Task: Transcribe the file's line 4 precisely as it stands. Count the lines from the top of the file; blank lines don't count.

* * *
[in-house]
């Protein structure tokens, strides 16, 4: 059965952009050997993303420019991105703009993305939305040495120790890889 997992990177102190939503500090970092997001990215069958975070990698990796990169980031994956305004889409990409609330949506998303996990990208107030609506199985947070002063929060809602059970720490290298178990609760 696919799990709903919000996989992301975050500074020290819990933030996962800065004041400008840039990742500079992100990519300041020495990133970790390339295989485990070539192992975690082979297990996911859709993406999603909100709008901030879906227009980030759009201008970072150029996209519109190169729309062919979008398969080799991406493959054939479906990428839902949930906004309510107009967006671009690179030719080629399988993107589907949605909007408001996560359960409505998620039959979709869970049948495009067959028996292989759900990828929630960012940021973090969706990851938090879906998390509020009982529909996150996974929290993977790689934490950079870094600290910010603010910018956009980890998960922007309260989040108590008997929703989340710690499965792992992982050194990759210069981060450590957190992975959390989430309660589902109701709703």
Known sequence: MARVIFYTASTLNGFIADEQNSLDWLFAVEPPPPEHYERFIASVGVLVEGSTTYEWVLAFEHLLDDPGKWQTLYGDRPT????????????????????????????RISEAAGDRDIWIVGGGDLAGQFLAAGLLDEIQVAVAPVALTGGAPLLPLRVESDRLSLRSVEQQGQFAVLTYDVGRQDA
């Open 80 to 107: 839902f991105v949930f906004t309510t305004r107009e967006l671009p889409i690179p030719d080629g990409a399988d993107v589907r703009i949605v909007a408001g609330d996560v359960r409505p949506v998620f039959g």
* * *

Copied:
């Open 80 to 107: 839902f991105v949930f906004t309510t305004r107009e967006l671009p889409i690179p030719d080629g990409a399988d993107v589907r703009i949605v909007a408001g609330d996560v359960r409505p949506v998620f039959g």